Wednesday, July 27, 2011

Creating a Resume: Things have changed

If you are a recent college graduate, or anyone else job-hunting, you are probably sending out quite a few resumes. In the past, there were little things that you were supposed to do. Well, times have changed. Resumes have been taken into the age of the internet and doing business online. Remember, the companies you work for are probably not standing still. They have the latest technology and their employees and managers are using it. In addition, logic has taken over the resume world.

For instance, you no longer need to include anything about your career goal or objective. The person hiring you does not need to know that, nor do they care. They only care if you are the perfect person for the job you are being interviewed for. In fact, putting a career goal or objective might counter what job is being offered. The hiring manager might scratch you off the list because you won't stay long. You should certainly emphasize your abilities and talents.

The days of mailing your resume are long gone. If you mail a resume, chances are it will sit at the bottom of a pile somewhere, until it gets tossed with the trash. Do not waste time and money on fancy resume paper, envelopes, or mailing fees. Resumes are now sent electronically.

In the past, people put every job they held on their resume. There no longer is a need to do so. It just fills up the resume with unneeded information. Certainly your last employer may be something to put, and one or two other jobs that highlight your skills and experience. But you don't need to account for each and every job you've held.

References on a resume are something else that is not needed anymore. You don't even have to put the over used line, references available on request. Every hiring manager that needs them is going to automatically dig for references.

Those last two tips bring up the last one. You can make your resume anywhere from one to two pages. A one page resume is fine. A two page resume is fine. Don't make your resume longer than two pages however. You need to fine tune it. But many people have a hard time putting it on just one page. In the past, a one page resume was the standard. This is no longer the case. Add another page if you need to.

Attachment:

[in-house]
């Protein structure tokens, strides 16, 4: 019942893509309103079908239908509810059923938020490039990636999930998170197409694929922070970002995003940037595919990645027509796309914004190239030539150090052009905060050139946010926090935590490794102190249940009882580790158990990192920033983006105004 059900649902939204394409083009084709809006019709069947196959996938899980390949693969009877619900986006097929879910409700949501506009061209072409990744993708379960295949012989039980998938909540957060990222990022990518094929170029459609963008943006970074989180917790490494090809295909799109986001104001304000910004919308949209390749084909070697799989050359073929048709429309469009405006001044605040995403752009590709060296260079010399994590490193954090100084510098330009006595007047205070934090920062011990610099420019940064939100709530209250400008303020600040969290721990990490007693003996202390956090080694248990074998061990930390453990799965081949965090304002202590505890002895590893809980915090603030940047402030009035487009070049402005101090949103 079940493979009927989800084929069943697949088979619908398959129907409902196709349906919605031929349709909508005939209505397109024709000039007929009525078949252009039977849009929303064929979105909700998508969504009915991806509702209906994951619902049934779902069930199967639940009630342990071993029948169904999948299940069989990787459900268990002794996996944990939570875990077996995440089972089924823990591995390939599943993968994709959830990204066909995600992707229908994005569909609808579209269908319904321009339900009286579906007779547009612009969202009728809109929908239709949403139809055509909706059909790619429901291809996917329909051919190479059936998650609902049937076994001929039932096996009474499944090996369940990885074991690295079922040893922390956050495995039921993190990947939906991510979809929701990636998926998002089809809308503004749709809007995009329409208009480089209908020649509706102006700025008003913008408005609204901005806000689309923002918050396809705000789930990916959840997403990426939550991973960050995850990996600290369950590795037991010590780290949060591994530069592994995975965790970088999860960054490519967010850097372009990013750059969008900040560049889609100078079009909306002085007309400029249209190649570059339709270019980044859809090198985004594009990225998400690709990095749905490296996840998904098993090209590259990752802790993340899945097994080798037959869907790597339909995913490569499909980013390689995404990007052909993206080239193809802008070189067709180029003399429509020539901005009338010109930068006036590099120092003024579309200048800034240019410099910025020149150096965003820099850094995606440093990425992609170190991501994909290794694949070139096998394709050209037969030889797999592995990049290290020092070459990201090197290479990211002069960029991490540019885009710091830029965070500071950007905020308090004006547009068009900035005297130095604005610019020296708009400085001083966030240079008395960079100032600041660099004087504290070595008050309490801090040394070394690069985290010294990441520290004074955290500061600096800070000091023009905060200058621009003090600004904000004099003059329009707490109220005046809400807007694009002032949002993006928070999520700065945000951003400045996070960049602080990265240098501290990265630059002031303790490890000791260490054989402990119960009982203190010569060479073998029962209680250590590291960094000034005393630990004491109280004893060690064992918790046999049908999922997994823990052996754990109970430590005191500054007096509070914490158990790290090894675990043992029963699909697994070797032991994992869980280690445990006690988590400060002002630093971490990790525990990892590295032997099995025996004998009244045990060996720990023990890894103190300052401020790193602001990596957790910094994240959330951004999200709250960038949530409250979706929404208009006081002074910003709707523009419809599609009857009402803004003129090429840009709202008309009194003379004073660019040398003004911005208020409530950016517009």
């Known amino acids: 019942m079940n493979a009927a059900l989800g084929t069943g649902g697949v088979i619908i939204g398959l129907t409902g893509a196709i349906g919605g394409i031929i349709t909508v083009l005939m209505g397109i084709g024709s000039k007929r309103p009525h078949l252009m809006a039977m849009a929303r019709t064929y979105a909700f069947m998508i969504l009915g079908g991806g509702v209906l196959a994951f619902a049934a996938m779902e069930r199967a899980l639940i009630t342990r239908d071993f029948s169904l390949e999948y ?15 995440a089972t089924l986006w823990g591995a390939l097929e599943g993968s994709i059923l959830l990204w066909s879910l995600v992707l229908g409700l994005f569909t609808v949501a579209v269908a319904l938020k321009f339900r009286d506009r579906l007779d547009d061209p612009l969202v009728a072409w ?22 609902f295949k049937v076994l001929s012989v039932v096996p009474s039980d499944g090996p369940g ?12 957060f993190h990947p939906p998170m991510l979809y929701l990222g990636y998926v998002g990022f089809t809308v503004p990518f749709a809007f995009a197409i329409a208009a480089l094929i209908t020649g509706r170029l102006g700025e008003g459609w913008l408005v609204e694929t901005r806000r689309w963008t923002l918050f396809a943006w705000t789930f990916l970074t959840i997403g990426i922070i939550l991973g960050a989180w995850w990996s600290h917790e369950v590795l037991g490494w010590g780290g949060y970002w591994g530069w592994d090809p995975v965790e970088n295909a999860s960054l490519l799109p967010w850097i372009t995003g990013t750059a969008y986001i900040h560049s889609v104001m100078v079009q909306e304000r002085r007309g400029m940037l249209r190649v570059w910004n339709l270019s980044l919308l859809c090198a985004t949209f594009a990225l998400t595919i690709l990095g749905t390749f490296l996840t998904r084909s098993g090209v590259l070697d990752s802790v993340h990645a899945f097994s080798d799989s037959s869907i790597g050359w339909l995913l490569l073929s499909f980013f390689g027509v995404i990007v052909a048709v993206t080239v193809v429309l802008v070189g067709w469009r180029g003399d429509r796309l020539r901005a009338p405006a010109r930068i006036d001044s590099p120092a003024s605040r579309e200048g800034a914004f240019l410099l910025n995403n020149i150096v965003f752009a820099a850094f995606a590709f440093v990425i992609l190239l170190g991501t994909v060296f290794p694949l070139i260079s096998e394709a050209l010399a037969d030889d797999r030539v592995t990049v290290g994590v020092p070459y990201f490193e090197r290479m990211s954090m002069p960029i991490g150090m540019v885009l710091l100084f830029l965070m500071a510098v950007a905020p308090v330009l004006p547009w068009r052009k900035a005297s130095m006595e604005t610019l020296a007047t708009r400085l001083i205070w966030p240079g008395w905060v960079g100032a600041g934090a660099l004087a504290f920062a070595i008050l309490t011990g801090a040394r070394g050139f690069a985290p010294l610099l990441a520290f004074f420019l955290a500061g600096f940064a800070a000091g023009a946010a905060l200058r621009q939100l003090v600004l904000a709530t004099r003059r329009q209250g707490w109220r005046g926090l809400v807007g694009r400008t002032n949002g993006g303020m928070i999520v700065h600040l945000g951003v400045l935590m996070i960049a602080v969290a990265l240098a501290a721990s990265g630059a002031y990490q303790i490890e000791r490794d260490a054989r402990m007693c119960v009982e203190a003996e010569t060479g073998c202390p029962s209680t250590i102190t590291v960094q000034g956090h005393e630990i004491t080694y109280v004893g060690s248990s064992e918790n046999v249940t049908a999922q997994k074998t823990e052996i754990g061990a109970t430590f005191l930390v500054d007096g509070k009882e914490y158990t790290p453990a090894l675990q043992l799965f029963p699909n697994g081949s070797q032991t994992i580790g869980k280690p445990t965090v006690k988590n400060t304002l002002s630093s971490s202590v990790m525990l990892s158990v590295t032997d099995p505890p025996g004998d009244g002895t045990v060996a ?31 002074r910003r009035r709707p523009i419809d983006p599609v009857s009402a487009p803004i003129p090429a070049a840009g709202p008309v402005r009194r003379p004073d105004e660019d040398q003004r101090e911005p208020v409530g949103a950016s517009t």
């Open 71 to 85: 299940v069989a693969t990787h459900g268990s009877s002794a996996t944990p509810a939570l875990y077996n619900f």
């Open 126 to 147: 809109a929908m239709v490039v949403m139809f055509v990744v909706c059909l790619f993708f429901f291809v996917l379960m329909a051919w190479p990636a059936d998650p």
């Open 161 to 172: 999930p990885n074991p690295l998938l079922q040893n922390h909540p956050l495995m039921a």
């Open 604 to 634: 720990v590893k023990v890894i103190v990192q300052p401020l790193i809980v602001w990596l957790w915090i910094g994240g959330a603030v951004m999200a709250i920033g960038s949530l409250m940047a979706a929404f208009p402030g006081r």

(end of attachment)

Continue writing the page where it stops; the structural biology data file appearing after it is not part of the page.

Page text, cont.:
>>Tips to finding a job after graduating.

>>Job interview tips.

Thursday, July 7, 2011

3 ways to cut the cost of a college degree

College is expensive. Tuition rates are going up due to budget cuts. Many prospective college students and their parents are trying hard to figure out ways to finance the education. Before you scramble your finances, did you know that there are ways to almost instantly cut your college costs? By quite a large margin?

If you are still in high school and planning your junior or senior year, think about taking AP classes. These classes have the potential to give you college credit for a high school class. These classes will be tougher, but they will also teach you study skills needed for college. You will have to get a passing score on the AP exam at the end of the class. Did you know that getting credit for AP classes can lead to more scholarship money? One big reason to take an AP class is that it counts as a college class. One that you would have spent time and money on in college. That's right. Tuition is expensive. By eliminating classes you need to take, you instantly lower the cost of a degree. It has also been shown that students taking AP classes are more likely to finish college in four years, unlike others. Talk to your school counselor for more information.

Speaking of not having to pay for college classes, have you heard of CLEP? The College-Level Examination Program, or CLEP, gives you college credit for taking a test. Why take a class if you already know it? There are 33 examinations for college credit in a wide range of subjects. The cost of the test at this moment is less than $80. You could get credit for a whole class for that price. Many colleges and universities charge $300-$500 for each unit! A 3 unit class would cost a minimum of $900! Keep in mind too, that many colleges are now limiting the number of units you can take each term. They used to be quite generous. They would charge you per unit up to a level of around 15, then anything over that was the same price. They are now limiting how many untis you can take. Instead of being able to take 21 units, you are maxed at 16. The less classes you need, the better and cheaper for you!

Much is made about where you graduate from college. It might be true in rare cases, most often it does not matter where you graduate from. If worse comes to worse, pick the cheapest, closest college that fits your needs. But before you think about graduating, think about the first two years. The first two years of general education are probably the same no matter what your major. You can do the first two years at a local community college for very cheap. The tuition will be thousands of dollars less. Many local junior colleges have agreements of guaranteed admission with some state colleges if they graduate from the two year school. You can also earn an associate degree in probably something in or close to your major. Not only will thins save money, but the degree will look good on your resume. Most community colleges allow high school seniors, some juniors, to take college classes. Get these classes out of the way now, and you graduate sooner. Graduating sooner means less money out of your pocket!

If your goal is to get a degree, and you are willing to look at all options, you can make college cheaper!